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Tree commission offering discount treatment

Public forum on emerald ash borer in the works

Published: Tuesday, May 7, 2013 1:15 a.m. CDT
Caption
The ash borer has been spotted in four locations north and south of the Rock River in Dixon, on South Peoria Avenue, on Apple Street, near Raynor Garage Doors and just south of the city.

DIXON – A proactive approach is needed if the city's ash trees are going to survive the emerald ash borer, Carol Chandler said.

Chandler, chairwoman of the Dixon Tree Commission, said discount treatment is being offered to property owners who think they have an ash tree on their property.

The reduced-cost treatment will be available while the commission takes inventory of ash trees on public property, beginning today, Chandler said.

The cost of the treatment depends on the product used and the size of the tree, and usually must be repeated every couple of years. Chandler said she didn't want to speculate on cost, and said people should call her for more information.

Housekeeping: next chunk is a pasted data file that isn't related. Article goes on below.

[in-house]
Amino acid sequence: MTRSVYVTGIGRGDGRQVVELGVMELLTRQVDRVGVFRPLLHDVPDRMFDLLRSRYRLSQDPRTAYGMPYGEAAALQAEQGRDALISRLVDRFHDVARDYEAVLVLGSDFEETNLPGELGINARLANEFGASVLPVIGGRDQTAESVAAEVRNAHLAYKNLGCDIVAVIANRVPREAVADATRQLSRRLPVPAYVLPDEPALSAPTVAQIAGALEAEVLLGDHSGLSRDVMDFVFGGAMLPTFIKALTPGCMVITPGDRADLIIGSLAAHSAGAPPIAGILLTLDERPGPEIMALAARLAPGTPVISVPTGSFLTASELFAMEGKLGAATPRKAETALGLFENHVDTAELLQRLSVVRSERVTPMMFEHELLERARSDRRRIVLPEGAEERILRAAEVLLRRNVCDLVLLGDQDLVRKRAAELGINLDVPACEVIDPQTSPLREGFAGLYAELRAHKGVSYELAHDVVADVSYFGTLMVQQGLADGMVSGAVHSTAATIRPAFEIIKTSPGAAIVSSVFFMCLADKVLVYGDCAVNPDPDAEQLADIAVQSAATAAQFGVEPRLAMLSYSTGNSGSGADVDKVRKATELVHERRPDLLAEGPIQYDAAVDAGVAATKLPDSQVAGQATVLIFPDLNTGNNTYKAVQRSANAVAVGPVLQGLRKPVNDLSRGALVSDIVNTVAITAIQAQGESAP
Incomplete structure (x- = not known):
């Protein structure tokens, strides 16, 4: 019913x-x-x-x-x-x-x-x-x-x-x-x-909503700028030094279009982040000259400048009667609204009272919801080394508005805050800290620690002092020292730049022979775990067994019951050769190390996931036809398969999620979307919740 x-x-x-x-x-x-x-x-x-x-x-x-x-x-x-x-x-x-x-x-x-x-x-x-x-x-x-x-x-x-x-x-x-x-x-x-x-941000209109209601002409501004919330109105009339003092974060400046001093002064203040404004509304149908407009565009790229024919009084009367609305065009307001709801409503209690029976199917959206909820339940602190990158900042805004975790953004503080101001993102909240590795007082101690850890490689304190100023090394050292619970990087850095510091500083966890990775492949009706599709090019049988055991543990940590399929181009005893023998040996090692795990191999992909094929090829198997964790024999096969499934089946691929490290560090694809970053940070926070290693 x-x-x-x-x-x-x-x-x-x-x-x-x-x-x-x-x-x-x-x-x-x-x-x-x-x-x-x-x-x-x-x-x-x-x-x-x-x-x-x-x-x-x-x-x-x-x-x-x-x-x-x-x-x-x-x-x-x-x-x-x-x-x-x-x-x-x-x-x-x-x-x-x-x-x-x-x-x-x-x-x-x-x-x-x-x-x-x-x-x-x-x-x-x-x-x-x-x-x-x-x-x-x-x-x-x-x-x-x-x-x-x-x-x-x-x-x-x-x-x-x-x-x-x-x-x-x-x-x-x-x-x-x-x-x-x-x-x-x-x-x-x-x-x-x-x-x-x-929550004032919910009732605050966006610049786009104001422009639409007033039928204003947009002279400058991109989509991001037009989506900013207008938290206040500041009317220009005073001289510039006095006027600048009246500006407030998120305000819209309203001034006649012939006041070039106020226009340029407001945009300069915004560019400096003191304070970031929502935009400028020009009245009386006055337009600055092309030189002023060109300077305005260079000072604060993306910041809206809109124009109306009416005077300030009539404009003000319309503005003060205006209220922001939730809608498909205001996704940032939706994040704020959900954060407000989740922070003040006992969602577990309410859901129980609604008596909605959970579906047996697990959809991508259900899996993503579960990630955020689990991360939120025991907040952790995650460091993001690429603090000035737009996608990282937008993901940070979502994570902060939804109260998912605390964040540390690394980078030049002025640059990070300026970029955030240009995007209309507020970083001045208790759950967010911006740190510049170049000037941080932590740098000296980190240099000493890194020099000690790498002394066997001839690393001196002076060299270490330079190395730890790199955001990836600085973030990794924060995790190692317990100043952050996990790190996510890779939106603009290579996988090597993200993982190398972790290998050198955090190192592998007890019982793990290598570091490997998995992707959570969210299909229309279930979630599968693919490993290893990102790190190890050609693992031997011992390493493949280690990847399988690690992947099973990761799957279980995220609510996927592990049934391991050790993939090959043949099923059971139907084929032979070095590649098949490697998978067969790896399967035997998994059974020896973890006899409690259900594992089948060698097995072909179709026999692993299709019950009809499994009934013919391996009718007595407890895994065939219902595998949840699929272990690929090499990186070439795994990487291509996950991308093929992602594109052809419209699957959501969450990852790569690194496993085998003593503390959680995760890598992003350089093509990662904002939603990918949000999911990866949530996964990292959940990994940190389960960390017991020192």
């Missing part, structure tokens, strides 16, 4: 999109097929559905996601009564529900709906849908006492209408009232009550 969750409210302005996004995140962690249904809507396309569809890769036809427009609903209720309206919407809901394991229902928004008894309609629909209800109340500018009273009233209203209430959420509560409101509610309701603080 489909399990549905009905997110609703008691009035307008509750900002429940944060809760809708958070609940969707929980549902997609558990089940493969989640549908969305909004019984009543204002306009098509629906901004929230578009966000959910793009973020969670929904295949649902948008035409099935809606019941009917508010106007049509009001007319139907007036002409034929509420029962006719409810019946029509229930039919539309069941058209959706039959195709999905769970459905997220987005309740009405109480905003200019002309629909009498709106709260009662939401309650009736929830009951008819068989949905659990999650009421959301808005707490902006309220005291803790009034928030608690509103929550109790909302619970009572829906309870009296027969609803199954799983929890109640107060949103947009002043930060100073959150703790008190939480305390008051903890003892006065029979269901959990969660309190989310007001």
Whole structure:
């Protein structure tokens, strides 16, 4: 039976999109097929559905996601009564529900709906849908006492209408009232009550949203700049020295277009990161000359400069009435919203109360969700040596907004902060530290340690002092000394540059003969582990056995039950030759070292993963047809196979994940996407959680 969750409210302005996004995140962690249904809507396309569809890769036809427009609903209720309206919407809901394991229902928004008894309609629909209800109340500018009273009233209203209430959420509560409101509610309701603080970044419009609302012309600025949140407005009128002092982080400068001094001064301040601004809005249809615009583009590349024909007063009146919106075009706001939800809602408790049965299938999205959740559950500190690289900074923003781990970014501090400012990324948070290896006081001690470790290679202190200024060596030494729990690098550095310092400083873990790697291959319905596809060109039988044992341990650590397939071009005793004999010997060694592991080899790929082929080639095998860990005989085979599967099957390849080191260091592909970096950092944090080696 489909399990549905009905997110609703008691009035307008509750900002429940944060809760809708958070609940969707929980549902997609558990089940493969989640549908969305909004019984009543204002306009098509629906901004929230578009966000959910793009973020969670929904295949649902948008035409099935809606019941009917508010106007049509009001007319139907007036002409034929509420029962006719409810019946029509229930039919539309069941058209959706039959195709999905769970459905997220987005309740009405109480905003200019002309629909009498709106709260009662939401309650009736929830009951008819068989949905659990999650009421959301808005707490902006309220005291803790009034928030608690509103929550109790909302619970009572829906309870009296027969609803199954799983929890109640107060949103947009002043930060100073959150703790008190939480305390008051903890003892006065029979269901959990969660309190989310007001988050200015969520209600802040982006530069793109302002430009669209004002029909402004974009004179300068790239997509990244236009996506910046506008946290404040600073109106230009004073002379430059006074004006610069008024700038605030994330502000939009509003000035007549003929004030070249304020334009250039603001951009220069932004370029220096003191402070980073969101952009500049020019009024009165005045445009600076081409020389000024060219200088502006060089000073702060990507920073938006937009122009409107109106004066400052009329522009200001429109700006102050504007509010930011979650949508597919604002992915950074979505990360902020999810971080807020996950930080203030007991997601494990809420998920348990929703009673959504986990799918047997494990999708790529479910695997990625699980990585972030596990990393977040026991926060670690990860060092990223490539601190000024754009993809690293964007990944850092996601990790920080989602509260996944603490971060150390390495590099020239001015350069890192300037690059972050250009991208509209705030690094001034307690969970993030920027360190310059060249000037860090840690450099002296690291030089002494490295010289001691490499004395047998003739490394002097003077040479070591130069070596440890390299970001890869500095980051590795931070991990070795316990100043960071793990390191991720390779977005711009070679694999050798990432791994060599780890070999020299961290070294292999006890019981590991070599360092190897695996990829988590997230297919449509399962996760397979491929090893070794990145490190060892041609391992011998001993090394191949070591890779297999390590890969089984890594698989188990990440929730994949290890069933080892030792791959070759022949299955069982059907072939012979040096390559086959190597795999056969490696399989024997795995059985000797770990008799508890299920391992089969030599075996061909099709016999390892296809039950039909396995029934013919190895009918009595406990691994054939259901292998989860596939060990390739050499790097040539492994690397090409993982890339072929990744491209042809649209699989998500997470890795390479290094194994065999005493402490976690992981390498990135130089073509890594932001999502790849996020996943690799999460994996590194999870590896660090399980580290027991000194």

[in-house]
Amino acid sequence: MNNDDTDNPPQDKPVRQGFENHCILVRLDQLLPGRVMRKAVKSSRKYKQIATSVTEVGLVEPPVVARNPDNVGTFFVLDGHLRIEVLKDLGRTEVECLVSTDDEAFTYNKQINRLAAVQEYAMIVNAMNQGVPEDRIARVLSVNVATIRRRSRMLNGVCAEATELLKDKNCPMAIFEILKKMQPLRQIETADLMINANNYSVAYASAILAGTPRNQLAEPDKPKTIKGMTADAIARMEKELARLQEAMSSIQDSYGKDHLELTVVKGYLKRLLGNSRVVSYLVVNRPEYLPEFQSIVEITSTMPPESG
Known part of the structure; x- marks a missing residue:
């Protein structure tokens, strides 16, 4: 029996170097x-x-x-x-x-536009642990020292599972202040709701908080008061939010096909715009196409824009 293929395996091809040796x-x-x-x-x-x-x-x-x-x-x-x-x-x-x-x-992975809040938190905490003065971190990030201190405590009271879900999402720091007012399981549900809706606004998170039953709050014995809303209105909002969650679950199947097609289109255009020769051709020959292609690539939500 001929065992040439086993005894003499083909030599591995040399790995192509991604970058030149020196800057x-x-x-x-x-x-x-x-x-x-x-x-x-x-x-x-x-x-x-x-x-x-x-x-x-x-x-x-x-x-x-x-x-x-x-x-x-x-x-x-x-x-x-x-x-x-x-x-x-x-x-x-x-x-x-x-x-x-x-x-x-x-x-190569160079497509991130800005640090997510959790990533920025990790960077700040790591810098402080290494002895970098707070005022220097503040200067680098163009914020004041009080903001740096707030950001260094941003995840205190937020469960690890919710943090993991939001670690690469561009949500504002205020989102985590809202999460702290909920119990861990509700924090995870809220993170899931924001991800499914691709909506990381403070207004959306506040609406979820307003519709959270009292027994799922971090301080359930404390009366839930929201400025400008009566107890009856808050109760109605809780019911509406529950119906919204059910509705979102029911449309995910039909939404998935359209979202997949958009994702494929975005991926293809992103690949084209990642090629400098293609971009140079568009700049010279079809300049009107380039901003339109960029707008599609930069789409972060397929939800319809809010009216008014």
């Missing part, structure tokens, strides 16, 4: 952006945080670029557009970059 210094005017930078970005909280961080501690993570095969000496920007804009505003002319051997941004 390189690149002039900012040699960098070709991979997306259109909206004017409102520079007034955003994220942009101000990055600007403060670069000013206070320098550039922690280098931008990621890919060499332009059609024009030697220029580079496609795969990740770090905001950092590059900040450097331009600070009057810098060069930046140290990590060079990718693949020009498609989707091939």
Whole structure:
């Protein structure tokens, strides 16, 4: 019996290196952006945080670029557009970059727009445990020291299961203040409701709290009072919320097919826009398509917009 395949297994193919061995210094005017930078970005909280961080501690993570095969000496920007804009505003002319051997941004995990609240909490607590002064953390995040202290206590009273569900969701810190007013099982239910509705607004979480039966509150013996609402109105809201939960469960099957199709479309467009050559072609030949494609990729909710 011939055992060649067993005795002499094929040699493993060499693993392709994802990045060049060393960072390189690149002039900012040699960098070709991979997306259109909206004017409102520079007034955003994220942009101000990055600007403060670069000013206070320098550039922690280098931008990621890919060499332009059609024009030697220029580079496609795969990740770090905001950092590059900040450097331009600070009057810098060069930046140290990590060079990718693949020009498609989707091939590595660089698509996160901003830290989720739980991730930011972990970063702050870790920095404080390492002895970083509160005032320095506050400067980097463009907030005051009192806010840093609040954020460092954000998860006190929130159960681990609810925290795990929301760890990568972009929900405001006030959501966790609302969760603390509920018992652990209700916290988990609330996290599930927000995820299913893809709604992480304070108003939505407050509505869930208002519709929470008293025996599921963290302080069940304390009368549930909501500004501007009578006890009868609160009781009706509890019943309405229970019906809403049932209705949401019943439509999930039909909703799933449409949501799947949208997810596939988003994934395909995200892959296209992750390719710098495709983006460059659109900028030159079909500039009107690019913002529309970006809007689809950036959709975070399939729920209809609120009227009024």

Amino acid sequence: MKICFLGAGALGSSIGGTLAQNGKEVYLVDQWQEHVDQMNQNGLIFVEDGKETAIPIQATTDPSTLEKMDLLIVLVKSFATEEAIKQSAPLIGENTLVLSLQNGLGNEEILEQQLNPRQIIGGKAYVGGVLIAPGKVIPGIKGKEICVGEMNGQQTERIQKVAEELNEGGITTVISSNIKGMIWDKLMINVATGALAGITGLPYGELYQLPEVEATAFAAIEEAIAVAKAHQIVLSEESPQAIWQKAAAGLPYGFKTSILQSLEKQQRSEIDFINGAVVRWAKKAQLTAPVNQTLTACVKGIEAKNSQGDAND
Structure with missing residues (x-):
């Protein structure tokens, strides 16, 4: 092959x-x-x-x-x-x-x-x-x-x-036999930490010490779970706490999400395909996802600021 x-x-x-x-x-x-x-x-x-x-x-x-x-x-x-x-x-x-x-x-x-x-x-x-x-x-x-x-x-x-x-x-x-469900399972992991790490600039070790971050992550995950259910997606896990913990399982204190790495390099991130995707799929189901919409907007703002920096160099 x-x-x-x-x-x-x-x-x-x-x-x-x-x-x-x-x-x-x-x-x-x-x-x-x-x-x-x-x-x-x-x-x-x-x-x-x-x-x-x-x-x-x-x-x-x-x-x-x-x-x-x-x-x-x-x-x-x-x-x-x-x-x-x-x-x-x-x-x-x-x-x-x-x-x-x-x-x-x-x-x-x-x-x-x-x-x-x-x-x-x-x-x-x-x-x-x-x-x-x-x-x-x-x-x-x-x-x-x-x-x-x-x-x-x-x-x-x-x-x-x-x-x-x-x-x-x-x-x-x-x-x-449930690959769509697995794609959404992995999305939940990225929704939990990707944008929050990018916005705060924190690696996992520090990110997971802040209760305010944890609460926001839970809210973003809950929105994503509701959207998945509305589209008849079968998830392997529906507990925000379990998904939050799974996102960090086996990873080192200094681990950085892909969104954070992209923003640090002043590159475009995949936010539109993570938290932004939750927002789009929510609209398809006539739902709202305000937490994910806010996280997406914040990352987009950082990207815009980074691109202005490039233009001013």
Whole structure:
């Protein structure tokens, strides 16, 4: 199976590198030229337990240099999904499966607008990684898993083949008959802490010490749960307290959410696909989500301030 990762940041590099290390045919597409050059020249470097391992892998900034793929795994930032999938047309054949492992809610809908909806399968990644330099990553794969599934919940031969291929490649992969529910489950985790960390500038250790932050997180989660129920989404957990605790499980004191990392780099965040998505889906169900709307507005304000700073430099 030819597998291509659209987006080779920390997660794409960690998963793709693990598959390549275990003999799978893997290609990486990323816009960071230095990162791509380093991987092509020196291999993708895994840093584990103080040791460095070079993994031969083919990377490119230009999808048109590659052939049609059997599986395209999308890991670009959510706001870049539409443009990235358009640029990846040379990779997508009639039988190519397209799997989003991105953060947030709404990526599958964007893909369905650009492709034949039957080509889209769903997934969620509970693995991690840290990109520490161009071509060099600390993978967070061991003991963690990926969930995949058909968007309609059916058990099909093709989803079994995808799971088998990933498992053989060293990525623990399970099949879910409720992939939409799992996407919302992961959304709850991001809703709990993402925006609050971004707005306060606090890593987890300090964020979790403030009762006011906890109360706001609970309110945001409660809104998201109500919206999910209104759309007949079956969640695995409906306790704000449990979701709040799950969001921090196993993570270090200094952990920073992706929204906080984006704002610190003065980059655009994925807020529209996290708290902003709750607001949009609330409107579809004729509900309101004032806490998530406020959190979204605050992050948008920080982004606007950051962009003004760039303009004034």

Similar to Dutch elm disease, which killed almost all the elm trees years ago, the ash borer infestation is capable of wiping out the ash tree, Chandler said.

The ash borer has been spotted in four locations north and south of the Rock River, on South Peoria Avenue, on Apple Street, near Raynor Garage Doors and just south of the city.

"It's widespread, and that's only what we know of so far," Chandler said.

The first signs of an infestation is the loss of leaves at the top of the tree, followed by shoots growing around the base of the tree or lower trunk. D-shaped exit holes or bark being stripped off as birds try to reach the borer's larva also are signs of an infestation.

The tree will lose its leaves progressively over the next couple of years, then start losing limbs and die. Young and old trees are the most vulnerable; "adolescent" trees have the most resistance, Chandler said.

"We need your help in preserving all the ash trees that we can," Chandler said, adding that a public forum will be planned for later this month.

For treatment options

Call Carol Chandler, chairwoman of the Dixon Tree Commission, at 815-288-6310 for more information on identifying and treating your ash trees.

 

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